Making the right investments in learning often means understanding where an organization’s weaknesses lie. At Tuomey Healthcare System in Sumter, S.C., Administrative Director for Organizational Development Michael Frisina realizes that to create the type of development offerings that will have an impact, he has to overcome issues that plague hospitals everywhere.
“We need to understand the most appropriate way to train people, identify what their needs are, do needs-based assessment and then find alternative ways to deliver training in a way that can ensure an appropriate outcome,” Frisina said. “There’s an old saying, ‘To know and not to do is not to know.’ I certainly don’t want to waste a lot of energy and a lot of money investing in training, not knowing if it’s doing any good.
“If we had something good happen to our mortality data, showing that mortality rates were going down, we couldn’t link that to training that we’d done on reducing medication errors or education that we’d put in place on different techniques or process changes related to medication errors.”
Frisina said part of this disconnect is because hospitals and the health care system in general are very slow to change. But he also said he is optimistic about chances burgeoning across the health care spectrum.
For instance, he successfully persuaded Tuomey leadership to move to a formal structure of organizational development for managing change, quality, education, and staff and leader development within the organization and formalizing learning delivery methods.
He said the hospital used the “see one, do one, teach one” medical model for learning without really investigating other options.
Frisina said Tuomey now is at the beginning of a journey, during which he investigates ways to create and deliver development opportunities that will allow the organization’s 1,600 employees to care for patients first, as is required, but also to enjoy uninterrupted learning that ultimately will benefit patients and the overall organization.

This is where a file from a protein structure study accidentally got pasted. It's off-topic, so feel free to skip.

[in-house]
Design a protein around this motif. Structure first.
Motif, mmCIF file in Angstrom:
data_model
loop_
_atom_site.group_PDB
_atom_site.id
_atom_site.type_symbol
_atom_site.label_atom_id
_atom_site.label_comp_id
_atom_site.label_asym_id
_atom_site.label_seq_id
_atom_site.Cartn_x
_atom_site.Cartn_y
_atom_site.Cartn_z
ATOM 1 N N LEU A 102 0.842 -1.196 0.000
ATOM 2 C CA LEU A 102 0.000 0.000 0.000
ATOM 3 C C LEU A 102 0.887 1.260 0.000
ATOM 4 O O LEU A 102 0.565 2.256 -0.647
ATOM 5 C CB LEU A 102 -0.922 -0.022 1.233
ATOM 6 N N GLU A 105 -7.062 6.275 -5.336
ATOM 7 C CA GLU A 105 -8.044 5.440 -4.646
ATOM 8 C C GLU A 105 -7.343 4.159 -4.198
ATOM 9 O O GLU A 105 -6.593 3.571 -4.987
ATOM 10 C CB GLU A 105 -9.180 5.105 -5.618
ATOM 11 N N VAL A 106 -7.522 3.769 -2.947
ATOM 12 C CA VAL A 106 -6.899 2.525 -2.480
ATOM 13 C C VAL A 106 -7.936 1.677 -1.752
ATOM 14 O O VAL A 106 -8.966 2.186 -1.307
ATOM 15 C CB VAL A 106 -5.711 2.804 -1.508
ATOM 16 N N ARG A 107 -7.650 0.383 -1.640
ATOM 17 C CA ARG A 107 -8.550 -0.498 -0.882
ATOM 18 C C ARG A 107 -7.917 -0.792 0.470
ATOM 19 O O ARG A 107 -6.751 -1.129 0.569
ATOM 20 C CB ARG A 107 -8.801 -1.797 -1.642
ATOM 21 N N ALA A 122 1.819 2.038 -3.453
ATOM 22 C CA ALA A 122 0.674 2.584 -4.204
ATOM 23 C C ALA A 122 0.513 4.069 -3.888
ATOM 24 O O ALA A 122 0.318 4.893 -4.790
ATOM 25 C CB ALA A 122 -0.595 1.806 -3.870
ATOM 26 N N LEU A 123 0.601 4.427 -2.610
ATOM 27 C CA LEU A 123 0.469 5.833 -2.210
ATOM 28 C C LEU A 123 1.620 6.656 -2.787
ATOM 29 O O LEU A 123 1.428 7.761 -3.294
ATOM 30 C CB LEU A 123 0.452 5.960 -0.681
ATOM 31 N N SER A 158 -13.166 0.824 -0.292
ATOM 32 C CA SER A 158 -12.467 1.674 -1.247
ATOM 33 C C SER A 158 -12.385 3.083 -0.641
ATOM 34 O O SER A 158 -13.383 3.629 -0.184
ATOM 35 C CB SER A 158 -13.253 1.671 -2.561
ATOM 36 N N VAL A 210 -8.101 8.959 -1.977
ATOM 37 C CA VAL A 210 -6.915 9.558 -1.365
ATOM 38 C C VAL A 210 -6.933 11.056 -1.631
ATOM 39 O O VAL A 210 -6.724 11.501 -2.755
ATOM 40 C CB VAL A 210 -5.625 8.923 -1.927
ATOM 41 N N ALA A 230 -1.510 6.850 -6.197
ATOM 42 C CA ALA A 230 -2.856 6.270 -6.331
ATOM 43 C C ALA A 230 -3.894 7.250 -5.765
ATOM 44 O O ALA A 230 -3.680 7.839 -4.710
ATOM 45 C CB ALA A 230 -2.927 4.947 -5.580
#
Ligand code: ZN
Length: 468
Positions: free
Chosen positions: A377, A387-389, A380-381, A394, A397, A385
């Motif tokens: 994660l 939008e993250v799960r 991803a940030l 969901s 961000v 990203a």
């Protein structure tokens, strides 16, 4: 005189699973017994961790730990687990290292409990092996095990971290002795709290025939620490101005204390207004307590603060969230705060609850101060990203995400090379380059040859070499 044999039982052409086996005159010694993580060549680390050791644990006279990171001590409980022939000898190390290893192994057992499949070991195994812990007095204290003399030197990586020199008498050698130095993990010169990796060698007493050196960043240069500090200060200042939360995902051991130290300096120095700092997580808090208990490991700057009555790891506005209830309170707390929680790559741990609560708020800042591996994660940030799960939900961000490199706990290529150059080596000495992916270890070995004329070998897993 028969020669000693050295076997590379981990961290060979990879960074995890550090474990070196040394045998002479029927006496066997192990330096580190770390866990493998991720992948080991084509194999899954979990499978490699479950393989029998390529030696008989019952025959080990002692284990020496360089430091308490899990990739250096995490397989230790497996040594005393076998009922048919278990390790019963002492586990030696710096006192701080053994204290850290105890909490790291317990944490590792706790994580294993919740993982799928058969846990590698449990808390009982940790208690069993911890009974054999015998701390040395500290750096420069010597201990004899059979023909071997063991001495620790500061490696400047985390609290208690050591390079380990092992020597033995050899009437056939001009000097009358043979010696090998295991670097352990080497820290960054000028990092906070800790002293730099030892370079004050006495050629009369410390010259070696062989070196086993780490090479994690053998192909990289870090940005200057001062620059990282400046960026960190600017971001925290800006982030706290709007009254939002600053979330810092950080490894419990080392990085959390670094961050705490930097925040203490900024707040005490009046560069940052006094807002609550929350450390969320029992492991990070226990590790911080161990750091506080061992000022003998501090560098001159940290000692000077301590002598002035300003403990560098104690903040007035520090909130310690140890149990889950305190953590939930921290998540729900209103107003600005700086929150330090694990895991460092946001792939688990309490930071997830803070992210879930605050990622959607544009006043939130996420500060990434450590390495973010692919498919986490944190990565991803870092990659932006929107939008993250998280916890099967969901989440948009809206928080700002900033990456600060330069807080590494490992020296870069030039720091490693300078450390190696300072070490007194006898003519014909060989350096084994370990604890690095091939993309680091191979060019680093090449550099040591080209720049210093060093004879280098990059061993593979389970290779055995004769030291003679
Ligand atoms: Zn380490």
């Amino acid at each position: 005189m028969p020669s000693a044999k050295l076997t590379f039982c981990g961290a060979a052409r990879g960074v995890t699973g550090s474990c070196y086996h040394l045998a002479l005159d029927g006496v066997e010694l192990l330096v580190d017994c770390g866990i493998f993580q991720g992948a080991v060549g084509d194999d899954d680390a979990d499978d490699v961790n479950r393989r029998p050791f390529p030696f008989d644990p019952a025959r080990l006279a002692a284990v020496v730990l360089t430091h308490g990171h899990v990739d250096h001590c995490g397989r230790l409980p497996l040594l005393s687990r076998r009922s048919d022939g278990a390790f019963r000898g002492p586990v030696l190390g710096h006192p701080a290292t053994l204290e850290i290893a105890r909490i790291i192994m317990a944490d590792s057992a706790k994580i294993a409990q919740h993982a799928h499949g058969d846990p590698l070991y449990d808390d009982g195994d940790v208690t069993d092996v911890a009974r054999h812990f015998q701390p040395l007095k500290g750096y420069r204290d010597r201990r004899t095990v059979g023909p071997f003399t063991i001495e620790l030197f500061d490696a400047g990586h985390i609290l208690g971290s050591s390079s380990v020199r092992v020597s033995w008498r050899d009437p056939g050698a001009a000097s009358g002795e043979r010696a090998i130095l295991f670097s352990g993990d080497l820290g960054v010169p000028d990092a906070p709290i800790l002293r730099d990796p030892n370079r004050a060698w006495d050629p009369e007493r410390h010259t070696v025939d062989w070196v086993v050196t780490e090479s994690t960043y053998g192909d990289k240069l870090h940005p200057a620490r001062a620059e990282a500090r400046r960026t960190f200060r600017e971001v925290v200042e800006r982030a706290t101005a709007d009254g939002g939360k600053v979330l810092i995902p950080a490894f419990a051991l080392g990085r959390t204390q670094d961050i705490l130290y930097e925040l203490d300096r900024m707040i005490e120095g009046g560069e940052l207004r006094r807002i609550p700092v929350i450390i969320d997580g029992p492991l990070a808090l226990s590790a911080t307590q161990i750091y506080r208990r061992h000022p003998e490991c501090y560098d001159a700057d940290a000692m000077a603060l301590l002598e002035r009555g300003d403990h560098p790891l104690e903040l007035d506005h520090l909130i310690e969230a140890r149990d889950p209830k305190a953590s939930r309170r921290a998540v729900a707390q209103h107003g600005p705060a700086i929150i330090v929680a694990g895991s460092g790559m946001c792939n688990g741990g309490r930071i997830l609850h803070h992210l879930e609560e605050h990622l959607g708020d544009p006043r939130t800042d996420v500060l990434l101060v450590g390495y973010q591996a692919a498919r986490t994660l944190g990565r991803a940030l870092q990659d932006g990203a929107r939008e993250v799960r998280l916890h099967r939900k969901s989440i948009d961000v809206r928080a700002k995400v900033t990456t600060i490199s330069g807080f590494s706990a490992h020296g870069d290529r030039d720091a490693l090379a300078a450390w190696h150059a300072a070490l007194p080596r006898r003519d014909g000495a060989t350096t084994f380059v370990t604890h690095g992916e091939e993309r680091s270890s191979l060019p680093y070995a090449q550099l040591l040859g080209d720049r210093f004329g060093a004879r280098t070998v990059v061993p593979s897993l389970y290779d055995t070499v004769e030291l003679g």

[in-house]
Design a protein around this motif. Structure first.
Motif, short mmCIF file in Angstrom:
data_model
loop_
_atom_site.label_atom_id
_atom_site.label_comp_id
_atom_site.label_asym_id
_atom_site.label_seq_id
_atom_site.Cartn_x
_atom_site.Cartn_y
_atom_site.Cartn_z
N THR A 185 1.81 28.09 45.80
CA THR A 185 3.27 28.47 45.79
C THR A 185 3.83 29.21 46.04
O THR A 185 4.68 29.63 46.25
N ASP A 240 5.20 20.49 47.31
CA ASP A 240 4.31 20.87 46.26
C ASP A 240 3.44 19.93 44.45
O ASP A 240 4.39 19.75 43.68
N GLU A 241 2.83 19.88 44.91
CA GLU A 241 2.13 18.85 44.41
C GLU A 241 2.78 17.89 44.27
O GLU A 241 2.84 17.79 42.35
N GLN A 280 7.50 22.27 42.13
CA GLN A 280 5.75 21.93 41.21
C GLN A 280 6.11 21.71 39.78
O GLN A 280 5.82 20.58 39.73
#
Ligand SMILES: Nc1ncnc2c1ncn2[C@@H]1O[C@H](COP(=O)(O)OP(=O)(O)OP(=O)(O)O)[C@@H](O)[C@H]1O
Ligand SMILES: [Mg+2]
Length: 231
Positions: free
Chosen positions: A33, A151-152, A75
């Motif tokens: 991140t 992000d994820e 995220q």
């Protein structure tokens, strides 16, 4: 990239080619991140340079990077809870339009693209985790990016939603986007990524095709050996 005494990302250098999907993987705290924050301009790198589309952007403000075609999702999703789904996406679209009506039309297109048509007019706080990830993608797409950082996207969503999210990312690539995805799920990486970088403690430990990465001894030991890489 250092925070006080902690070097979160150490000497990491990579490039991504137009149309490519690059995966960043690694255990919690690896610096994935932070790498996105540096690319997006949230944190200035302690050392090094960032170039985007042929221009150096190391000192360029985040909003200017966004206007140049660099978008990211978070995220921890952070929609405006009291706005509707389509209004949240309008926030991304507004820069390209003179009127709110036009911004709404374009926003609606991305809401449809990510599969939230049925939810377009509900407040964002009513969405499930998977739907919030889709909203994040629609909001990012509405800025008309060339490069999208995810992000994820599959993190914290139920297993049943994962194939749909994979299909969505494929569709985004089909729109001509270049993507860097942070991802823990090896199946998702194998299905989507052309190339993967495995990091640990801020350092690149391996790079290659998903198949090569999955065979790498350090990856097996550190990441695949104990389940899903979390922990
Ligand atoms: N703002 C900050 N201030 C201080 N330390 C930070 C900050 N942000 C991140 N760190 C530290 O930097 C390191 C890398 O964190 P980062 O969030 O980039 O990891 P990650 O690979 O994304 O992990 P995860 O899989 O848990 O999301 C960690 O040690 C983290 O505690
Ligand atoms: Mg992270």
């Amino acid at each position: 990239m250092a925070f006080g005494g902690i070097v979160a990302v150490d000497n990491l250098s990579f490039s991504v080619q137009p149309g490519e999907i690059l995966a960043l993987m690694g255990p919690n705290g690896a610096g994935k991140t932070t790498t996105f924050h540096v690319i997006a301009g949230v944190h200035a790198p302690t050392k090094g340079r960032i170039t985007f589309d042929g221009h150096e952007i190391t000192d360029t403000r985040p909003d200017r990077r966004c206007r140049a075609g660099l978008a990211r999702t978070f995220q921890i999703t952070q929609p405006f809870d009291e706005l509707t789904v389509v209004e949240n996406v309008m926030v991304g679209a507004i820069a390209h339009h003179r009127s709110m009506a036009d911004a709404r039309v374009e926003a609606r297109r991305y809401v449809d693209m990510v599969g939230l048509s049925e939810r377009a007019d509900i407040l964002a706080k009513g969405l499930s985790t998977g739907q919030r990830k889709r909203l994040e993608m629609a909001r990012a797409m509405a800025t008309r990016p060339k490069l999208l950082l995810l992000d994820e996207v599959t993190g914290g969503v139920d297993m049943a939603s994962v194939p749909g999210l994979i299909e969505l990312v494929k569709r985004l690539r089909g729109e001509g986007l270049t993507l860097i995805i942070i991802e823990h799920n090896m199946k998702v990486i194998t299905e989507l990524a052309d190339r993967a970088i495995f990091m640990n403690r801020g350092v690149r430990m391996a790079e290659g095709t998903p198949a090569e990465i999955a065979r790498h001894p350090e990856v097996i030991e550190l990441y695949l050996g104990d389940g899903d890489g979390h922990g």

“The whole concept of investing in human capital is still new,” Frisina said. “Hospitals are now trying to leverage an opportunity for revenue growth against a reduction in cost because they’re cut to the bone — they can’t go any leaner. That’s what’s driven us and consequently, we’re behind in our understanding of the best way to bring education and training into the organization. One way is to develop our own core asset of instructors within the facility. I’m trying to create a set of core instructors in-house, and we have people with the talent to do that. They just have to be trained appropriately.”
Frisina actively promotes learning solutions that meet some of the challenges inherent to the hospital environment.
“When you’ve got people in patient care in an ICU and emergency room or a basic nursing floor — particularly in clinical specialty areas — the work doesn’t slow down to get people out of the workplace and into a training environment,” Frisina said. “Patients always come first. If you start something, folks are getting paged, or someone’s actually coming down and pulling them out and back into patient care. Consequently, we try to do a lot of large-group-oriented learning activity and schedule it at variable times during the day and multiple times through the course of a week to rotate people through. We do competency fairs, where you’ll have multiple round-robin stations with various core competencies, and folks move through those and do hands-on demonstrations to retain competency.”
Despite the often unusual learning situations that occur, Tuomey has very rigorous training standards, and metrics data is gathered on multiple levels.
“We use measurement standards that are benchmarked across the country, so they’re not arbitrary to us,” Frisina said. “We’ll do chart audits on returns to the operating room within 24 hours. We’ll measure post-operative infection rates. We have core measures and patient outcome indicators that we use to discern how well the people are training, performing and functioning.
“We have an improving organizational performance team that will institute a process-change initiative and go in and look for a special cause that’s red, meaning bad. We’ll trend that, benchmark against national data. Then we’ll try to turn that into a common cause and institute a process change where we revert back to special cause, only now it’s a special-cause blue rather than red, meaning it’s now producing a favorable outcome.”
– Kellye Whitney, firstname.lastname@example.org